The mines do not have a godgiven right to make profits in Zambia. Working in Zambia for them is a privilege, and that privilege comes at a cost.

    So stop whining about having to pay taxes, and pay up.

    ReplyDelete
  5. Mk
    I really shouldn't be responding but my egoistic nature demands that I do so. Are the mines not paying tax? What of the company tax, loyalty tax. What of the income tax from workers, what of VAT?

    I am sure you understand that employment levels are not just for show but an indicator of valuable govt revenue- income tax.

    Honestly, all this is too basic to point out but my point remains, the chief aim of investors to make money otherwise no need to invest.

    You must understand this I presume. Why couldn't the local firms take up Munali if you understand the point?

    ReplyDelete
  6. 'Anonymous',

    Honestly, all this is too basic to point out but my point remains, the chief aim of investors to make money otherwise no need to invest.

    Which is why the interest of 'investors' is not the same as that of the Zambian people, and why their interests should not determine government policy.

    What of the company tax, loyalty tax. What of the income tax from workers, what of VAT?

    What about it - do you care to quantify those taxes?

    Because this year, even though they make billions of dollars in profits, the foreign owned mines are expected to pay $50 million in taxes.

    So what about all those individual taxes? They don't amount to a hill of beans.

    You must understand this I presume. Why couldn't the local firms take up Munali if you understand the point?

    Because for starters no one is lending them any money. All the money that is going to

    Now let's look at why there is no money, and why commercial banks are charging usurious rates even to people with collateral and established businesses.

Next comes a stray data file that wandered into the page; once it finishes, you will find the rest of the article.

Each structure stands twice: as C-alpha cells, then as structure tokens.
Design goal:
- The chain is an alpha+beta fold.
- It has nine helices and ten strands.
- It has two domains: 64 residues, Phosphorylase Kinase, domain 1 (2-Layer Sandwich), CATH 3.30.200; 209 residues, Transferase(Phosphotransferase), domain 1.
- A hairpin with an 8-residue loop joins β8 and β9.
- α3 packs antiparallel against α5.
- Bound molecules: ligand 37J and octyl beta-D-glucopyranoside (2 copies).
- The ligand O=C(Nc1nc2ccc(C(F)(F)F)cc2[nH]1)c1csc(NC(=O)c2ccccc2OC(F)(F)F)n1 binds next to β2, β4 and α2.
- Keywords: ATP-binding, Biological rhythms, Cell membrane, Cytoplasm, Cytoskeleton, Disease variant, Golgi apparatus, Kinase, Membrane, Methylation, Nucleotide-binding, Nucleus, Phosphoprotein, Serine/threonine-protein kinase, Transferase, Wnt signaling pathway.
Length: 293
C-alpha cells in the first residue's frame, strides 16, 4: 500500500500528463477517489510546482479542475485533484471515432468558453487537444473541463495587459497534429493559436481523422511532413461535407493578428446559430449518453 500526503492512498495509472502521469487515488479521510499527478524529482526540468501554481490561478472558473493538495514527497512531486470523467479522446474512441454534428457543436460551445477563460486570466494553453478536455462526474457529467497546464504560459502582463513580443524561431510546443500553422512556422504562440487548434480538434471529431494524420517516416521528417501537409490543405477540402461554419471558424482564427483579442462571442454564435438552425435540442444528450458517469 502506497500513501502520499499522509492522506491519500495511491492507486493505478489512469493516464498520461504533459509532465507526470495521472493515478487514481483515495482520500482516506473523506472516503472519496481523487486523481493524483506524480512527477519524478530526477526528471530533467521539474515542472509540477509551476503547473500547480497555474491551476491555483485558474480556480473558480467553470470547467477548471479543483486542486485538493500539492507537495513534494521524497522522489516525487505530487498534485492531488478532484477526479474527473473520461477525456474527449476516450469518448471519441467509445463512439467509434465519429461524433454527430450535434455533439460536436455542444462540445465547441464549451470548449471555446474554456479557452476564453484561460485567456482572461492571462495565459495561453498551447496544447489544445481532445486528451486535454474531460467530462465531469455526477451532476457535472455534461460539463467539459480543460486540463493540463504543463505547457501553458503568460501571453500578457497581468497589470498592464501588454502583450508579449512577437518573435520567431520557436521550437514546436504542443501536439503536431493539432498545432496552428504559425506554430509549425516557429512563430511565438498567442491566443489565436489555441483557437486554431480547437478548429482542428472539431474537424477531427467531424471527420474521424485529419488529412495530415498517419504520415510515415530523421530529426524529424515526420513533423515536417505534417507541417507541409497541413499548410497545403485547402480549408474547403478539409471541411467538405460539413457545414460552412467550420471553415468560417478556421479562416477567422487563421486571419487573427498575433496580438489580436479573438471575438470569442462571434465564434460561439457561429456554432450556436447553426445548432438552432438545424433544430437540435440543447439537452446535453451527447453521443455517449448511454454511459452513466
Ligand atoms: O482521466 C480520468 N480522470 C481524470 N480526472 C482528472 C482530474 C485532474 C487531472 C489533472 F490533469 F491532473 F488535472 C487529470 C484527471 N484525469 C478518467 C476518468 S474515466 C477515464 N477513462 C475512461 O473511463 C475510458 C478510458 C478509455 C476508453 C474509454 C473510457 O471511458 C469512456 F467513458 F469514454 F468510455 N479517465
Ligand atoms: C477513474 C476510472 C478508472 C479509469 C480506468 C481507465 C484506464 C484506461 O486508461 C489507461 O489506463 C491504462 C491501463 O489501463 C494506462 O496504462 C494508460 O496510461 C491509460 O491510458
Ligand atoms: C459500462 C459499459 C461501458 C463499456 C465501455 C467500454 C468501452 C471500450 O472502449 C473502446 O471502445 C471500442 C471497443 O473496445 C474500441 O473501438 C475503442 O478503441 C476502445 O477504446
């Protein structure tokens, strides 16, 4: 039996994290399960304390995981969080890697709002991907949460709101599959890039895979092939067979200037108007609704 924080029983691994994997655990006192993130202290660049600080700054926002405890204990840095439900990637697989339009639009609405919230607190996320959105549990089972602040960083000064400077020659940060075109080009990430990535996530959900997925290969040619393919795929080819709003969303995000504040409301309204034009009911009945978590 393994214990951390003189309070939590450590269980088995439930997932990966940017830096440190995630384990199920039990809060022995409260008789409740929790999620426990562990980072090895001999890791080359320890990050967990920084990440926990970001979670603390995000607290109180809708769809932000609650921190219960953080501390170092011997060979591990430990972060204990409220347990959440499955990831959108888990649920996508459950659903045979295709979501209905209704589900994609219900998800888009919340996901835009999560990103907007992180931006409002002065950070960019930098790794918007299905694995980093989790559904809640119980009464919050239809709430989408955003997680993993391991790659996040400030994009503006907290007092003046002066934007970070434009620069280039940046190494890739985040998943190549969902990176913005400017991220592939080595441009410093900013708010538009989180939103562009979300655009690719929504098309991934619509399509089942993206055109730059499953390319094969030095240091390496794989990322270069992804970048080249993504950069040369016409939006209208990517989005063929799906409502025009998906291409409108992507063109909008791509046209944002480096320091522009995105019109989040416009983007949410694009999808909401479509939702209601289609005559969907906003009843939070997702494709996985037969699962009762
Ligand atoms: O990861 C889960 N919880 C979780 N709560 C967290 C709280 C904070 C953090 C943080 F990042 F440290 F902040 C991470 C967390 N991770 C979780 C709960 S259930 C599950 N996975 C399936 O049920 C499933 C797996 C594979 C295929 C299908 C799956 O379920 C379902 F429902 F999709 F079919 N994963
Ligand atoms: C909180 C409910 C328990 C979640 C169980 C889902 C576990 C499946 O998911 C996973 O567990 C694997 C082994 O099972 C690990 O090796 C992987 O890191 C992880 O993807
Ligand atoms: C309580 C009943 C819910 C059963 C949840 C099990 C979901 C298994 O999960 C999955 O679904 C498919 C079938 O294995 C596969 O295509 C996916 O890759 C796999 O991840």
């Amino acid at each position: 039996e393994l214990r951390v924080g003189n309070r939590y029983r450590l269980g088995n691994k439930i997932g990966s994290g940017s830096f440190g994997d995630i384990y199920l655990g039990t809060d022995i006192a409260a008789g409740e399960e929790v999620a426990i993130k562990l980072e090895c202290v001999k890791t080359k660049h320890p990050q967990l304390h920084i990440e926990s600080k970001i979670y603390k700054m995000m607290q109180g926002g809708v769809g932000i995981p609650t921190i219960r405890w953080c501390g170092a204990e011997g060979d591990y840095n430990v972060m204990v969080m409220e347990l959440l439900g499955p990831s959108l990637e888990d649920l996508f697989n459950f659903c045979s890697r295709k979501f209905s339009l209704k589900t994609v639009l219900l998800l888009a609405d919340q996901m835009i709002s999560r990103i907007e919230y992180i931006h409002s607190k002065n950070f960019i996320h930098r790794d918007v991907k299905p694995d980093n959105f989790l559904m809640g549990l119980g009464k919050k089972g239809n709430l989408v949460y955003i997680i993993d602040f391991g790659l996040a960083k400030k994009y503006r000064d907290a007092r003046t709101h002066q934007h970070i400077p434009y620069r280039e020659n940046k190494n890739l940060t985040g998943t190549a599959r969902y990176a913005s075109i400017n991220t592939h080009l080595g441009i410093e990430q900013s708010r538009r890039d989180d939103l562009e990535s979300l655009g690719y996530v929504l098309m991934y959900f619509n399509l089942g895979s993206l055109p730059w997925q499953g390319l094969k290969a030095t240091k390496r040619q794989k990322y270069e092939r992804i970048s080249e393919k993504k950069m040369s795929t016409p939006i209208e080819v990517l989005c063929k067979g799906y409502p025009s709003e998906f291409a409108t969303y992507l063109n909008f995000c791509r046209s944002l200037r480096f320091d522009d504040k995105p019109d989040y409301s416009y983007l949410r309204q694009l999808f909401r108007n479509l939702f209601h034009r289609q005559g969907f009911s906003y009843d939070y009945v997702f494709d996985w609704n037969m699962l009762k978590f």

The commercial banks are lending their money to the government which keeps borrowing.

    Now why does the government keep borrowing? Because they only get $1.1 billion from PAYE, and $6 million in taxes from the mines, even though the mines are making $2.4 billion profits from a $4 billion turnover (using 2004 figures).

    This is the destructive effect on the Zambian economy of not taxing the mines.

    And it has to end.

    ReplyDelete
  7. From the comments on this board, I speculate that what is probably occurring are academicians and economists lacking real life work experience in companies. If they did, they would realize that companies operate on the basis of contract law, and that management is accountable to the investors.

    The sequence of events is that for a country to obtain the large amounts of capital necessary to expand economic activity, investors will invest in companies which they believe have the expertise and competency to obtain the returns they desire. The investors also expect the same legal environment and investment protection that developed countries offer. Without these protections, investors will be reluctant to jeopardize their capital by making investments and getting into situations which they did not expect.

    ReplyDelete